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Loch Indaal Lighthouse
Rubh'an Duin
Rubh an Duin - geograph.org.uk - 1225.jpg
The lighthouse just outside Port Charlotte on Islay.
Location Port Charlotte
Islay
Argyll and Bute
Scotland
United Kingdom
Coordinates 55°44′41″N 6°22′20″W / 55.744760°N 6.372223°W / 55.744760; -6.372223
Year first constructed 1869
Construction brick tower
Tower shape ctlindrical tower with balcony and lantern
Markings / pattern white tower, black lantern, ochre trim
Height 13 metres (43 ft)
Focal height 15 metres (49 ft)
Characteristic Fl WR 7s.
Admiralty number A4254
NGA number 4236
ARLHS number SCO-198

Loch Indaal (or Lochindaal) is a sea loch on Islay, the southernmost island of the Hebrides, off the west coast of Scotland. Together with Loch Gruinart to the north, it was formed by the Loch Gruinart Fault, which branches off the Great Glen Fault.

Along the northwestern coast are the villages of Bruichladdich and Port Charlotte. Along its northeastern shore is the tiny village of Bridgend and on its southeastern shore is the island capital of Bowmore.

At night the lights of the villages along the three sides of the loch inspired the well-known folk song "The Lights of Lochindaal" by Iain Simpson.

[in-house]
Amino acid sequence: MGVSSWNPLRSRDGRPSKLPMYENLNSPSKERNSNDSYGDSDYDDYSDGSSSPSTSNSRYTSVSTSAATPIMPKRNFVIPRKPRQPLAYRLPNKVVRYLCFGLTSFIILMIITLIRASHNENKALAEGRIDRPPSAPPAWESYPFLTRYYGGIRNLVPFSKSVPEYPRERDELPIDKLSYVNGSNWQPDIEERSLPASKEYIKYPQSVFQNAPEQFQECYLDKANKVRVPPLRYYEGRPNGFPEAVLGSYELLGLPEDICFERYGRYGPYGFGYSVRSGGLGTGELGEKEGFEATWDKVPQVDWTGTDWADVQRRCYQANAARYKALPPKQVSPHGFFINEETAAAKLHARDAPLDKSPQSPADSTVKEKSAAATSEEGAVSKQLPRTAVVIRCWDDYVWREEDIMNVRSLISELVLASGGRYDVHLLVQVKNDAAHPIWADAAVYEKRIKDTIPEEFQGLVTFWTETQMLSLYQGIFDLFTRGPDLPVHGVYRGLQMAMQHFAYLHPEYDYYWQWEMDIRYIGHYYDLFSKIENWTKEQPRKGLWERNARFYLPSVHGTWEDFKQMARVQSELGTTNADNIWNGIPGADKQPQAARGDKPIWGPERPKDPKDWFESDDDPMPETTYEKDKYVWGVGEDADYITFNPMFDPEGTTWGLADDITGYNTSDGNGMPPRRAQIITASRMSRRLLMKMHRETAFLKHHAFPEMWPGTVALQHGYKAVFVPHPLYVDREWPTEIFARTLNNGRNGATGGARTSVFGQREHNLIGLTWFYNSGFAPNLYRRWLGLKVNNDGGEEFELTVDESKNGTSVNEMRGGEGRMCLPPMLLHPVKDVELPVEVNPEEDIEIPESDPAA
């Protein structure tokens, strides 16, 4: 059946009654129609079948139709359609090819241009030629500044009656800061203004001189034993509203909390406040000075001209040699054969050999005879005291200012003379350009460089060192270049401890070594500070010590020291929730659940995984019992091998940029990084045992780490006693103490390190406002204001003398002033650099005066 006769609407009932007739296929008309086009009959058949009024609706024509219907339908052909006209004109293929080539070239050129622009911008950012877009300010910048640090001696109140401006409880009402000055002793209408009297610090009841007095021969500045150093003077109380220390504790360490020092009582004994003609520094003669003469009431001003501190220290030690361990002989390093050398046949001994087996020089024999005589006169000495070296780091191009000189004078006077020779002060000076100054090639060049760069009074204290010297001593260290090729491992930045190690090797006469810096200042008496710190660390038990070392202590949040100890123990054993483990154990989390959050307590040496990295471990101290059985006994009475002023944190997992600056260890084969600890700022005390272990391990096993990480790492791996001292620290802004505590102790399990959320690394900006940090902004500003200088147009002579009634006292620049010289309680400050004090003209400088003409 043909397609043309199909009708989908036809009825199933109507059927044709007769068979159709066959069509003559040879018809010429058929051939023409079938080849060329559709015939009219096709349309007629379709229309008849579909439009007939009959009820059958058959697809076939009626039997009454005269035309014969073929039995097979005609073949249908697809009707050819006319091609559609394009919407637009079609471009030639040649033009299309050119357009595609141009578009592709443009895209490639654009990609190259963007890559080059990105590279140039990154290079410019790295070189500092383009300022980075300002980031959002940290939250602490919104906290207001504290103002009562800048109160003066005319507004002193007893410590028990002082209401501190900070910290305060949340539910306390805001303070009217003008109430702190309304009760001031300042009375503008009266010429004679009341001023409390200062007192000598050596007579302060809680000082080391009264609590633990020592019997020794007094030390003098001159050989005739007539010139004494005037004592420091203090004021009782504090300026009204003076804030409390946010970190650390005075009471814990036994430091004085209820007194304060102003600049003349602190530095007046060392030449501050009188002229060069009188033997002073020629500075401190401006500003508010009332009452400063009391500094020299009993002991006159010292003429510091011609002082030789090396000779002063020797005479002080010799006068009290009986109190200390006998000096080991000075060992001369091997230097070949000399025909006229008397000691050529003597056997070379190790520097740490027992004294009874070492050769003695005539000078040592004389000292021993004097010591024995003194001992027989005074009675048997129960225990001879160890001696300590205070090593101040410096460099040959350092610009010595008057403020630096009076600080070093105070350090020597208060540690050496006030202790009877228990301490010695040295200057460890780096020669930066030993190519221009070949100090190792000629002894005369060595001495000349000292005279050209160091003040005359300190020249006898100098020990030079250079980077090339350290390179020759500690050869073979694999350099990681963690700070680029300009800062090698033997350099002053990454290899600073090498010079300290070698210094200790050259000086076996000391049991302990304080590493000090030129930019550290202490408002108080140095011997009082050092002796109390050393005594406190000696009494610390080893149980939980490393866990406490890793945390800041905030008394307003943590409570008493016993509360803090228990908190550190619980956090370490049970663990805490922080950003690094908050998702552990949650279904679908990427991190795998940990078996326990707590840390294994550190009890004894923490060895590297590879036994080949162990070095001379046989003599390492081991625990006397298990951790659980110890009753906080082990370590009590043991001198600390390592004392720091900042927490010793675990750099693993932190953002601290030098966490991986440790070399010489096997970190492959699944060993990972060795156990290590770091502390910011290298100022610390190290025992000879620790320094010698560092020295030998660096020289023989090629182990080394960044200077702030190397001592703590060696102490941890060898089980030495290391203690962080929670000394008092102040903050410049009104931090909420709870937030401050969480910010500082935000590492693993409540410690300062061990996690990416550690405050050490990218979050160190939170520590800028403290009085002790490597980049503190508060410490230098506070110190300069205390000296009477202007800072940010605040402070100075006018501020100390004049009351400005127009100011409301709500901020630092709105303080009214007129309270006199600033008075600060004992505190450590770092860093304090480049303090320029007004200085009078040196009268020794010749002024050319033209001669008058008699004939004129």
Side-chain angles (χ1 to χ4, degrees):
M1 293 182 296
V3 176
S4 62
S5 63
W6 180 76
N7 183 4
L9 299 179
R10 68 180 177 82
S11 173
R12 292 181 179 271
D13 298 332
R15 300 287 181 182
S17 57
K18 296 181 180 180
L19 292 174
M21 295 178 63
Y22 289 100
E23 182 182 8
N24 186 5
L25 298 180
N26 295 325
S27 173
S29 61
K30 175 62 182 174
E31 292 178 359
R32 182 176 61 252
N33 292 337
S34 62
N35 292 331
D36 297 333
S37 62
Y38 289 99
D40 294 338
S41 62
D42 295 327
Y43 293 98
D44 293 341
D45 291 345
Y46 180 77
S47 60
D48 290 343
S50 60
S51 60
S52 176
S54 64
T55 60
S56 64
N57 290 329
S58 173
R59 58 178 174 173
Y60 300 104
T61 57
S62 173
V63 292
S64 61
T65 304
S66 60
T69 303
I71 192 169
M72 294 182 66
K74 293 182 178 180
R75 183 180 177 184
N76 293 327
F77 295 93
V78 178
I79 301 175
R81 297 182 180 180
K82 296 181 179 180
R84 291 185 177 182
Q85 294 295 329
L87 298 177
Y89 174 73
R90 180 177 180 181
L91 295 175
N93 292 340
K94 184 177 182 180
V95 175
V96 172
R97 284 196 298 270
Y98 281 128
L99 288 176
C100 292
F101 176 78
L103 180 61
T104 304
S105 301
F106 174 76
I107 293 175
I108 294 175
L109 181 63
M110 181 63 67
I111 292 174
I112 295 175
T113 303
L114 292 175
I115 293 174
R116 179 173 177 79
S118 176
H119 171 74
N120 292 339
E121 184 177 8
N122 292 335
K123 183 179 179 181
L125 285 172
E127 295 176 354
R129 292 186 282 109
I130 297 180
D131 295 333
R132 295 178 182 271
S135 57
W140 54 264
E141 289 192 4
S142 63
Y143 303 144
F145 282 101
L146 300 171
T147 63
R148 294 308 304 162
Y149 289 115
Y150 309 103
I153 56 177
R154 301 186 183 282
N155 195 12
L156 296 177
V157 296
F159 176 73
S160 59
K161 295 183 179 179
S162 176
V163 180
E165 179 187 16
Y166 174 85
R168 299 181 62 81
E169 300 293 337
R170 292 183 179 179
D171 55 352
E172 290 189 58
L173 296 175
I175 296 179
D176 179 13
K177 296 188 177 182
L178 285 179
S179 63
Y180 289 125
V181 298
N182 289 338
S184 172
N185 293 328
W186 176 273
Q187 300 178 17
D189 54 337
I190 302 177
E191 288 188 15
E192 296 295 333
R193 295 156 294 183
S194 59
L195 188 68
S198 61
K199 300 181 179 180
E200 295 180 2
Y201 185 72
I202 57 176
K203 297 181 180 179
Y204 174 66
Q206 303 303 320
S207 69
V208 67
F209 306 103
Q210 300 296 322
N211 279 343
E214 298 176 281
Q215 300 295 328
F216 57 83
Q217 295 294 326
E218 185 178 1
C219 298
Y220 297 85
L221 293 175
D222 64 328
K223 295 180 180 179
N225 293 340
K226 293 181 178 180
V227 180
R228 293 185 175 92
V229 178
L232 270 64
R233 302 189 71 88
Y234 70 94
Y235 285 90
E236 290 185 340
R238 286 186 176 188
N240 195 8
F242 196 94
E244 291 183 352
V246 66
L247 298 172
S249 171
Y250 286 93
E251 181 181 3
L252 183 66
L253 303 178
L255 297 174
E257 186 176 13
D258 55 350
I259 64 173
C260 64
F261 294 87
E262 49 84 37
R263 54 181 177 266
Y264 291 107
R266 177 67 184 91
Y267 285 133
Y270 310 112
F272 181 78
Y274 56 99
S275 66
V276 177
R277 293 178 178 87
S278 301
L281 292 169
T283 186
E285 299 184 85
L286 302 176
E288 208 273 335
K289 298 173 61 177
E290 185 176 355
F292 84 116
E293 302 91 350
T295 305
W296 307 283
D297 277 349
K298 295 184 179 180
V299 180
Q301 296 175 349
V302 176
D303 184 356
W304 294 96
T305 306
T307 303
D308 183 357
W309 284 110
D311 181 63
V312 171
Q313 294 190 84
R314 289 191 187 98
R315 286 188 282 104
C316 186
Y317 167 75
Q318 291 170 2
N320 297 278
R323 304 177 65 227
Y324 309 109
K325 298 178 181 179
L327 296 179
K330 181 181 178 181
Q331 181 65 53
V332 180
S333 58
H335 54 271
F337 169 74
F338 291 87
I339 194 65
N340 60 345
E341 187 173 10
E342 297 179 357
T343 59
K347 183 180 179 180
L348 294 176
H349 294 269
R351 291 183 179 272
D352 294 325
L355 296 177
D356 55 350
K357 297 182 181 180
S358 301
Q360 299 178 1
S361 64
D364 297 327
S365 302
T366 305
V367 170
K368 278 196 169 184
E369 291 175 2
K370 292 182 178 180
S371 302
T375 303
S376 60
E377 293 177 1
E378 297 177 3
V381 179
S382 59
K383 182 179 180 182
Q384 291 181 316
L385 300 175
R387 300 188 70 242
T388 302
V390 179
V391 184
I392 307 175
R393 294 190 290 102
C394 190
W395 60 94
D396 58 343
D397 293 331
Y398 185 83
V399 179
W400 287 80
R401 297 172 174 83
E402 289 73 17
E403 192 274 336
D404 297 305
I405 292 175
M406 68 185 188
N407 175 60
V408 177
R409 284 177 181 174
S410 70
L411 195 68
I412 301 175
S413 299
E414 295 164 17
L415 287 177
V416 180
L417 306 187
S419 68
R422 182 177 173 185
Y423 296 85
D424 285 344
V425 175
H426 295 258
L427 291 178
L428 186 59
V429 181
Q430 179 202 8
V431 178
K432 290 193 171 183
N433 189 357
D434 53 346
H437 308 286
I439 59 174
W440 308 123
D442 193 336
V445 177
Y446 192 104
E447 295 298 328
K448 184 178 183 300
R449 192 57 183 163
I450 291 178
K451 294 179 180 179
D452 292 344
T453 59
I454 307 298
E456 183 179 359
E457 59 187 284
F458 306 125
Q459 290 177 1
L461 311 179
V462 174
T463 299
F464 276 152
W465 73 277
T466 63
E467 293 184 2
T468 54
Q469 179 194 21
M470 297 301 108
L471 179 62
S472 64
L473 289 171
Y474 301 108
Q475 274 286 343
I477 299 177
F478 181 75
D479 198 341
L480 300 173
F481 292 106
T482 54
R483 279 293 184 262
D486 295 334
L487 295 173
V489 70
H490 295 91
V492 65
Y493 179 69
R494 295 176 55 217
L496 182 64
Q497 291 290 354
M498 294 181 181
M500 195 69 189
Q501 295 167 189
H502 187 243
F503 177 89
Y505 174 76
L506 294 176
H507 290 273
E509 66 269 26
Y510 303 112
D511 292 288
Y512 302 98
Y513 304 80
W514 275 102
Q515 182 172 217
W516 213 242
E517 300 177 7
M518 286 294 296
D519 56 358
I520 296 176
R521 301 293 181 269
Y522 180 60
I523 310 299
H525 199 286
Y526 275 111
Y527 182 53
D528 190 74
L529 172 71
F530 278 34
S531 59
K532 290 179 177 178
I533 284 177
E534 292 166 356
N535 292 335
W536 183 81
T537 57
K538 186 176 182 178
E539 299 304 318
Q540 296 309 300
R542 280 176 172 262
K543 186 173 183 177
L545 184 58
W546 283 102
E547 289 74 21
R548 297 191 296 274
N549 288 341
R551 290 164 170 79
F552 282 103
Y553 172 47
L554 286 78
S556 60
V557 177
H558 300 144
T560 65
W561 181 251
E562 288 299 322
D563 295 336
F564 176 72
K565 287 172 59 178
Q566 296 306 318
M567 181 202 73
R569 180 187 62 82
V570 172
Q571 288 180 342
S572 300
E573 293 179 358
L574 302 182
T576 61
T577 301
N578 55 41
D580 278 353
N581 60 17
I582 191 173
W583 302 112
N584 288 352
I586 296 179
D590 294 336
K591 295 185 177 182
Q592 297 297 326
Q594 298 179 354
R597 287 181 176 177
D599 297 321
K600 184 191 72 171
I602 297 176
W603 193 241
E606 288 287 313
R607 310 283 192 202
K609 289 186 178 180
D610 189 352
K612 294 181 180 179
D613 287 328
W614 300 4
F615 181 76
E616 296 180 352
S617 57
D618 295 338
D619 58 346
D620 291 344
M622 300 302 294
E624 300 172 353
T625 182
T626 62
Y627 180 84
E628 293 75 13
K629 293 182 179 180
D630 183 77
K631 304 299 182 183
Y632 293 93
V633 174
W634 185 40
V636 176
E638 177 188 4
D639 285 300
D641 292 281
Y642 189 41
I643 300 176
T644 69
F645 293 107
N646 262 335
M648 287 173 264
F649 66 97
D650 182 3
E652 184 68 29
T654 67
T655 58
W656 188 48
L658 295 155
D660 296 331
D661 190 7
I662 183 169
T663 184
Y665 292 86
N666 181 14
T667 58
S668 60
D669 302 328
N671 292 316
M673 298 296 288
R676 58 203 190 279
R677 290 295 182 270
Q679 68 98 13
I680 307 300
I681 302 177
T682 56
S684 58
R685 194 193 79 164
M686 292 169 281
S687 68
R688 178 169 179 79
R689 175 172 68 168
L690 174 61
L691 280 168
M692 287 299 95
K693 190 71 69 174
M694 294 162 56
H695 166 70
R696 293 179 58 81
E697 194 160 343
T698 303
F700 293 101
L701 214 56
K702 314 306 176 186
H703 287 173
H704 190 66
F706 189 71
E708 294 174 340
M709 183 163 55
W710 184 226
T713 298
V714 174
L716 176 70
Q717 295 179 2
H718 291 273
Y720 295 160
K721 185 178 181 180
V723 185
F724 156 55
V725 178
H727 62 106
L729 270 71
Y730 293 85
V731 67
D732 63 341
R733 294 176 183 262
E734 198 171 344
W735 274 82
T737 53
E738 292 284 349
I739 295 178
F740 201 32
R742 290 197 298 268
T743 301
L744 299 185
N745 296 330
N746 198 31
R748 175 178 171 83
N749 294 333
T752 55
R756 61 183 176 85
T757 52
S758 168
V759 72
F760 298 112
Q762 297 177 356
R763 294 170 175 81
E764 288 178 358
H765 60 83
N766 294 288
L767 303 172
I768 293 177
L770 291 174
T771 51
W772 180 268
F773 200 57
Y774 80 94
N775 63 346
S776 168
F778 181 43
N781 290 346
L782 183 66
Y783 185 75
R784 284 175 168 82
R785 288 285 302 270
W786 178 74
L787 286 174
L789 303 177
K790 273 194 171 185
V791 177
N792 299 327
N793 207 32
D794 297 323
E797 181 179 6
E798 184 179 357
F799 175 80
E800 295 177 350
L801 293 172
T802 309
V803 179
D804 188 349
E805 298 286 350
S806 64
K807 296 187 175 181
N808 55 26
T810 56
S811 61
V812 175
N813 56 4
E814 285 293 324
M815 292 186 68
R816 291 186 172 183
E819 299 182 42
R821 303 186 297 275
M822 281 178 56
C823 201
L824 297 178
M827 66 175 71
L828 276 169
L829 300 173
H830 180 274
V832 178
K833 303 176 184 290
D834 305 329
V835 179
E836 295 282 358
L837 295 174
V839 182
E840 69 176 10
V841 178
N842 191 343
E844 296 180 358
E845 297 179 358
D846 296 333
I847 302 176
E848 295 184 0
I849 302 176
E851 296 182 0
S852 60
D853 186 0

South of Bowmore the entire coastline is a six-mile-long sandy beach stretching to Kintra. This beach, known as the Big Strand, is very popular with holidaymakers and locals alike in the summer.

Waters

Loch Indaal slopes gently from its NE corner down to its opening into the Atlantic. At the mouth of the loch, which lies between Portnahaven to the north and the American Monument on The Oa to the south, the depth is around 40 metres, rising steadily upwards towards the northeast and reaching a depth of barely 10 metres between Laggan Point and Port Charlotte.

The waters of the loch are calm and safe but the approaches are hazardous especially for small vessels. There are tidal streams, eddies, races and heavy overfalls both in the east and west flowing streams of the tide.

The Big Strand and Laggan Bay

The eastern shore of the loch is taken up by the six mile length of the Big Strand, the area as a whole being known as Laggan Bay. The Big Strand itself is sandy along its whole length being broken by a rocky outcrop roughly half way along its length at Glenegedale Airport.

In the north the Big Strand is accessible by car along a stretch of unmade road leading from Island farm, on a road signed off the A846 south of Bowmore. The river Laggan empties into the ocean near the northern point of the beach. In the south the Big Strand is accessible from Kintra Farm on the Oa.

Glenegedale Airport has two runways, although one is not in use. The approach from to the northwest runway takes aircraft over Lochindaal at very low altitude giving excellent views of Laggan Bay.

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